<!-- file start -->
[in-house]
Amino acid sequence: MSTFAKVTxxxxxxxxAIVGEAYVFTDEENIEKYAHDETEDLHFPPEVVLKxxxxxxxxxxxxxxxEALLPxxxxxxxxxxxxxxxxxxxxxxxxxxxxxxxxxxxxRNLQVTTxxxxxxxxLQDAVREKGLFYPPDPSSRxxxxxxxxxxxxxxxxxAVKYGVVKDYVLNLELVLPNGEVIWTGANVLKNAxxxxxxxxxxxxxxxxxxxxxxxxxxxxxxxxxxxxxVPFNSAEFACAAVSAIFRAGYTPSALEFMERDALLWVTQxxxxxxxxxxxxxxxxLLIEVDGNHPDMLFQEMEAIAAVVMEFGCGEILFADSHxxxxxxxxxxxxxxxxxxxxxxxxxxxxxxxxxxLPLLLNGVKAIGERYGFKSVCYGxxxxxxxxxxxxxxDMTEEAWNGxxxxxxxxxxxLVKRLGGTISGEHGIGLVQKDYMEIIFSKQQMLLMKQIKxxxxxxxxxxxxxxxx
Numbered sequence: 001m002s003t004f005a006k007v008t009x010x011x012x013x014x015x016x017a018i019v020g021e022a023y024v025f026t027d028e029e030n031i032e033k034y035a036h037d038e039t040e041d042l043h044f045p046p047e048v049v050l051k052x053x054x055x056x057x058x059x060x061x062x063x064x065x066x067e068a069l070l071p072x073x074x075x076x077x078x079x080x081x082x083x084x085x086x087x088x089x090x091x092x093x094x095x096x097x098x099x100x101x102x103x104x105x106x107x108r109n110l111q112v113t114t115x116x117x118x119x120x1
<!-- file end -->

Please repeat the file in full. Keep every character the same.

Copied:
[in-house]
Amino acid sequence: MSTFAKVTxxxxxxxxAIVGEAYVFTDEENIEKYAHDETEDLHFPPEVVLKxxxxxxxxxxxxxxxEALLPxxxxxxxxxxxxxxxxxxxxxxxxxxxxxxxxxxxxRNLQVTTxxxxxxxxLQDAVREKGLFYPPDPSSRxxxxxxxxxxxxxxxxxAVKYGVVKDYVLNLELVLPNGEVIWTGANVLKNAxxxxxxxxxxxxxxxxxxxxxxxxxxxxxxxxxxxxxVPFNSAEFACAAVSAIFRAGYTPSALEFMERDALLWVTQxxxxxxxxxxxxxxxxLLIEVDGNHPDMLFQEMEAIAAVVMEFGCGEILFADSHxxxxxxxxxxxxxxxxxxxxxxxxxxxxxxxxxxLPLLLNGVKAIGERYGFKSVCYGxxxxxxxxxxxxxxDMTEEAWNGxxxxxxxxxxxLVKRLGGTISGEHGIGLVQKDYMEIIFSKQQMLLMKQIKxxxxxxxxxxxxxxxx
Numbered sequence: 001m002s003t004f005a006k007v008t009x010x011x012x013x014x015x016x017a018i019v020g021e022a023y024v025f026t027d028e029e030n031i032e033k034y035a036h037d038e039t040e041d042l043h044f045p046p047e048v049v050l051k052x053x054x055x056x057x058x059x060x061x062x063x064x065x066x067e068a069l070l071p072x073x074x075x076x077x078x079x080x081x082x083x084x085x086x087x088x089x090x091x092x093x094x095x096x097x098x099x100x101x102x103x104x105x106x107x108r109n110l111q112v113t114t115x116x117x118x119x120x1